Recently the fellas at Palermo's in Orland found the sister blog to this site, and let us know that they recently developed a gluten free menu. Naturally I was filled with questions. Do they use a pre-made crust? How do they handle cross-contamination? Basically I wanted to know if they were really aware of the purpose of gluten free foods and not just jumping on the gluten free food craze to make a buck.
The response was very reassuring, proving they were serious about gluten free food. The General Manager, Adam Cisek, told me:
We make gluten free crust using rice and tapioca flours. We do not buy anything premade, just as the rest of Palermo's products, it is made in house from scratch.He sounded like he knows his stuff...and I was dying to try it.
Cross contamination is something that comes second nature to well run food service operations since it is part of sanitation protocol. There is a challenge for us in the case of gluten free products. Flour is in the air during our peak hours hours of operation in the pizzeria kitchen. So for example, we prepare our gluten free pizza dough first thing in the morning and store it in a sealed container away from the pizza line.
Our gluten free products never get prepared in the pizza kitchen but rather
in the sauté kitchen where our chef, Anthony, myself or Ryan (Assistant General Manager) oversee the preparation. It is a much more controlled environment in terms of gluten. We prepare the menu item, in this case pizza, away from other prep functions. We place the pizza in one of the pans designated only for gluten free baking and use a designated pizza oven for gluten free orders. All of our gluten free menu items are treated with equal care. They will be prepared from scratch and cooked in a controlled environment.
We have a highly qualified staff. Our kitchen staff all have culinary
education. We cook from scratch, so we know what is in our food. We want to do
this for people. This is reason we get up every morning. We love to see people
enjoy food. It brings joy to someone's day on so many levels. And really, what
better opportunity for fulfillment than this.
Last Thursday I invited Babs (my gluten free mama) to join me out in Orland Park to meet Adam and dig into some gluten free Italian food. When we first arrived, we admired the decor of the cozy little restaurant. The entire interior was draped with white twinkle lights, creating a warm glow, perfect for enjoying a relaxing meal of pasta and wine. We were seated in a corner booth and presented with the gluten free menu I so looked forward to. Both of us were overwhelmed with the large selection of appetizers, entrees, and pasta dishes.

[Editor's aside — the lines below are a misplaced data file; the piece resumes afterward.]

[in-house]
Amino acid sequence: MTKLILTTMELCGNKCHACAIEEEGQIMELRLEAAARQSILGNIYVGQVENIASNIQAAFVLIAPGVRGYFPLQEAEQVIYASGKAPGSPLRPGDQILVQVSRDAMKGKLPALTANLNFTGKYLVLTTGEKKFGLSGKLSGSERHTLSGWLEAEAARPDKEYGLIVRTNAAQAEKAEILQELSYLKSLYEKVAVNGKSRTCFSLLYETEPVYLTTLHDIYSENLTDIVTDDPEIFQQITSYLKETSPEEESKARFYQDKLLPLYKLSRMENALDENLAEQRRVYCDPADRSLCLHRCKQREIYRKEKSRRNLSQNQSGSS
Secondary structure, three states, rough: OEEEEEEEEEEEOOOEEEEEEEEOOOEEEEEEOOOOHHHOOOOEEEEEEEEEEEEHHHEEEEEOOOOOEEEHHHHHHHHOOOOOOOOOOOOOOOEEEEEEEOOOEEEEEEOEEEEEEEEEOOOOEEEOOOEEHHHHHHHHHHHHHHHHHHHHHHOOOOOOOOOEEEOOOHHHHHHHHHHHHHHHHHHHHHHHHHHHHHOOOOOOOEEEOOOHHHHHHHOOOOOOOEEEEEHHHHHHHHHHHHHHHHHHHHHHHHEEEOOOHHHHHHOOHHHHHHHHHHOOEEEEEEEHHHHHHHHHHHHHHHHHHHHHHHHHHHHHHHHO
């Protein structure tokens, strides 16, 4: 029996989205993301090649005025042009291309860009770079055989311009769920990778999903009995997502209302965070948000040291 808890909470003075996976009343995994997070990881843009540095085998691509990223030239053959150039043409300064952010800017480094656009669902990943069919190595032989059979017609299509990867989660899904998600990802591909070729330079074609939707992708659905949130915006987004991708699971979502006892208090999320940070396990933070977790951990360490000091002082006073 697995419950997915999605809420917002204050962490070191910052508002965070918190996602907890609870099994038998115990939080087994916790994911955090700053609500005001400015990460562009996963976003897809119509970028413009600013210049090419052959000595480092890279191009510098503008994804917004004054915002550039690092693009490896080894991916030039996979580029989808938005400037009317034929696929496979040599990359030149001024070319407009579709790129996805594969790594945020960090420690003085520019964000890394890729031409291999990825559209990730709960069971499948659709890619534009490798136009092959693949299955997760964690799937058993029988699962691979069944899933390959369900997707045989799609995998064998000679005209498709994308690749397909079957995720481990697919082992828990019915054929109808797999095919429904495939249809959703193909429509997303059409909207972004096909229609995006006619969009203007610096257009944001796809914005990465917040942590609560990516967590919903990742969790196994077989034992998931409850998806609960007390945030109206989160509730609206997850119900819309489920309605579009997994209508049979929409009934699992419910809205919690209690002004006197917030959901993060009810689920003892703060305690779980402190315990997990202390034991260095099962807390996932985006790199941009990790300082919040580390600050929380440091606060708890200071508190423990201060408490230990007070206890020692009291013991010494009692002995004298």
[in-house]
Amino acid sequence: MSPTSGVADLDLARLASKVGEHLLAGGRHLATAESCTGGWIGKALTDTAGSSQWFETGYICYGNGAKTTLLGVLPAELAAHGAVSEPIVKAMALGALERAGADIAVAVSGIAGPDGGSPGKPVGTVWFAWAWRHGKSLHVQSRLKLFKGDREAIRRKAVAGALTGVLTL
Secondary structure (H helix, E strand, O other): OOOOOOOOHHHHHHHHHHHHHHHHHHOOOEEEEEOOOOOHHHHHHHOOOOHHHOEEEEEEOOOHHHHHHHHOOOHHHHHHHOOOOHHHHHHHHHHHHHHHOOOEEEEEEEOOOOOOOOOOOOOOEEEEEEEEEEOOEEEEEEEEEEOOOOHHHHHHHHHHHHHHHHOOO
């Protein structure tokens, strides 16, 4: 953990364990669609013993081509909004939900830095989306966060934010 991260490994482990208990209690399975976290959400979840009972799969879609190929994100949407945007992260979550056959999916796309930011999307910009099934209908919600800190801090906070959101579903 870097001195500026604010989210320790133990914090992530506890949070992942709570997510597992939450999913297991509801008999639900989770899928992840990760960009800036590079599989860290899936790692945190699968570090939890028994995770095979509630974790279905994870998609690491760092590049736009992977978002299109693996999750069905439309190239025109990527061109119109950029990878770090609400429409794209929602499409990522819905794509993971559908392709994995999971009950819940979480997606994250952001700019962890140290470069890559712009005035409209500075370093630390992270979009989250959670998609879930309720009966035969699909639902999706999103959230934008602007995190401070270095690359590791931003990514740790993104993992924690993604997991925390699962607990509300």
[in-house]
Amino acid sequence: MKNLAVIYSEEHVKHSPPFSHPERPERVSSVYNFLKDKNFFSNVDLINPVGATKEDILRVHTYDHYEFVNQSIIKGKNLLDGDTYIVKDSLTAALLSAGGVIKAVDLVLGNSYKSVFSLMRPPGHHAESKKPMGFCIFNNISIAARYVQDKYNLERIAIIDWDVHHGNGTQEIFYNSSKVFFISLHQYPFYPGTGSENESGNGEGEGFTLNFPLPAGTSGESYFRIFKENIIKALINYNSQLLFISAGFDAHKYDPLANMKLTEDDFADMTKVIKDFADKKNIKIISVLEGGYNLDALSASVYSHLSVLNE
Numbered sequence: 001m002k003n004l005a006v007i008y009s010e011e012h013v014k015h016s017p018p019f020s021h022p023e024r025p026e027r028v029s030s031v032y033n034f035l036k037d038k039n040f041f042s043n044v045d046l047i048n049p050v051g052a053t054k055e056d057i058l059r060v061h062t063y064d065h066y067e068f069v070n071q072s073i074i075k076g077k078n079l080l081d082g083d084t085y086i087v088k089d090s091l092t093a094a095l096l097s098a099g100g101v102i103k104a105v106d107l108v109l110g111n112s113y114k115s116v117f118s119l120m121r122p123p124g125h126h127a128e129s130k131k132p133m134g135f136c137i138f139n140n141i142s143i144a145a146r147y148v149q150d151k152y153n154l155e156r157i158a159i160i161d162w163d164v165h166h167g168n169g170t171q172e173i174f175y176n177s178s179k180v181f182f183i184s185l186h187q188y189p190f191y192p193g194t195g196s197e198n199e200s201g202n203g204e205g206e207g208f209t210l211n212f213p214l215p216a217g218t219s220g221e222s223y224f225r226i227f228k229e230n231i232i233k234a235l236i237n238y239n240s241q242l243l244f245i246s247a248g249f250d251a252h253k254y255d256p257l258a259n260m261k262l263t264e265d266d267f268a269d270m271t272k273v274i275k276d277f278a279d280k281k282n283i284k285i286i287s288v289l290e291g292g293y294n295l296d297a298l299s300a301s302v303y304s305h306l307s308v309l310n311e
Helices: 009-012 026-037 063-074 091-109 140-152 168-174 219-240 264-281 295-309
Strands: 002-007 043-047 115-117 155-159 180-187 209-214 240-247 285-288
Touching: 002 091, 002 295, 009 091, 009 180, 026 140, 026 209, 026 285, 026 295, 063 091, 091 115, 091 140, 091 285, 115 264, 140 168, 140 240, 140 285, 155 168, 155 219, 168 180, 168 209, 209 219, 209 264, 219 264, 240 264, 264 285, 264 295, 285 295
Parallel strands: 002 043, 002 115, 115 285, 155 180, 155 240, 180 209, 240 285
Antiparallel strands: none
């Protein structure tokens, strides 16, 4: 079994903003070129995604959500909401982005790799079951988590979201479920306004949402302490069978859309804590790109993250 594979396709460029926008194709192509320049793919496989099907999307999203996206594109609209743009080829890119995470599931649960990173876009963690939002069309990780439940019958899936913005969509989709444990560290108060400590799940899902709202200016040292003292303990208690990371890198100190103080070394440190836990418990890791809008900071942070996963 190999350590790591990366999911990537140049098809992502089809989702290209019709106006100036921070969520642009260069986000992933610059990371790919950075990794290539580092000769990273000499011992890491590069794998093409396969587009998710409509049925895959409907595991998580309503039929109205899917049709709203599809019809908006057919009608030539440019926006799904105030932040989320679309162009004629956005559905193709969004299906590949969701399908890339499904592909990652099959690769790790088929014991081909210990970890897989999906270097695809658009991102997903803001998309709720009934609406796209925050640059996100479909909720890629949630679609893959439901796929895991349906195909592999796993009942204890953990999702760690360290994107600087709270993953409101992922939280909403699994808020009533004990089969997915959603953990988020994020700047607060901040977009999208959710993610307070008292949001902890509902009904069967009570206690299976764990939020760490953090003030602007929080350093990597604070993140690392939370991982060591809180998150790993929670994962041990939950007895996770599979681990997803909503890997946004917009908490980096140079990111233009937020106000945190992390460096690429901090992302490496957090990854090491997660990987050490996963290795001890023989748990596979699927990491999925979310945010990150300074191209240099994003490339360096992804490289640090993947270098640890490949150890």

We started off with one of the appetizers. After going back and forth on a few options, we settled on the Goat Cheese Polenta with Spicy Marinara.
I loves me some polenta, especially when it's homemade and not in a chunk vacuum sealed in plastic. (Although that works in a pinch). My mom was even more excited about this dish, because her grandma used to make polenta often when she was growing up. My mom could never quite duplicate her grandmother's recipe and hasn't attempted to in years, but when she tasted these polenta cakes, it took her right back to her childhood.
A cheese pizza was brought out next. Oozing with the sweet tomato sauce I loved so much before I went gluten free, I was thoroughly impressed. The crust was exactly how I remember crust to be - the outer edges crunchy, the rest thicker and able to hold its toppings. No crumbly, mushy crust here. I ate the leftovers the next day and after warming in the microwave, the edges of the crust were still crunchy! (I think the pizza was even better the next day, to be honest.)
Pasta, pasta, and more pasta followed! Penne with Asparagus, Artichoke and Sun Dried Tomato; Penne with Basil Pesto and Grilled Portobello Mushroom Caps; Spaghetti with Marinara. All amazing. You would have never guessed the pasta was gluten free. Adam told us he did extensive research and talked with restaurant owners in some of the top New York restaurants for their recommendations on gluten free pasta.
I hiiiiiiighly recommend Palermo's in Orland. I've also been coming across a lot of other restaurants featuring gluten free pizza, and their pies have inspired me to create a series of gluten free pizza posts. Keep your eyes peeled for those. In the meantime, head out to Orland and indulge!